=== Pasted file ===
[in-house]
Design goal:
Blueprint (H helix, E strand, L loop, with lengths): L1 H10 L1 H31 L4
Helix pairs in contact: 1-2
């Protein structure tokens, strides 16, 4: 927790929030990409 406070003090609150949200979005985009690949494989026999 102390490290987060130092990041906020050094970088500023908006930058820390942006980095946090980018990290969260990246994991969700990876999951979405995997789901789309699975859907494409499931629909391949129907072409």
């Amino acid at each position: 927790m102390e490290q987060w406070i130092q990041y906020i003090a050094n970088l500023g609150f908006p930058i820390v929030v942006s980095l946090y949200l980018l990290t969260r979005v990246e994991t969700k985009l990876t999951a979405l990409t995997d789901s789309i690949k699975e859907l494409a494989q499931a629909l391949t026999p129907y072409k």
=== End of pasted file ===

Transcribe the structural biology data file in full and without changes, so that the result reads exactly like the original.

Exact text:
[in-house]
Design goal:
Blueprint (H helix, E strand, L loop, with lengths): L1 H10 L1 H31 L4
Helix pairs in contact: 1-2
């Protein structure tokens, strides 16, 4: 927790929030990409 406070003090609150949200979005985009690949494989026999 102390490290987060130092990041906020050094970088500023908006930058820390942006980095946090980018990290969260990246994991969700990876999951979405995997789901789309699975859907494409499931629909391949129907072409």
């Amino acid at each position: 927790m102390e490290q987060w406070i130092q990041y906020i003090a050094n970088l500023g609150f908006p930058i820390v929030v942006s980095l946090y949200l980018l990290t969260r979005v990246e994991t969700k985009l990876t999951a979405l990409t995997d789901s789309i690949k699975e859907l494409a494989q499931a629909l391949t026999p129907y072409k």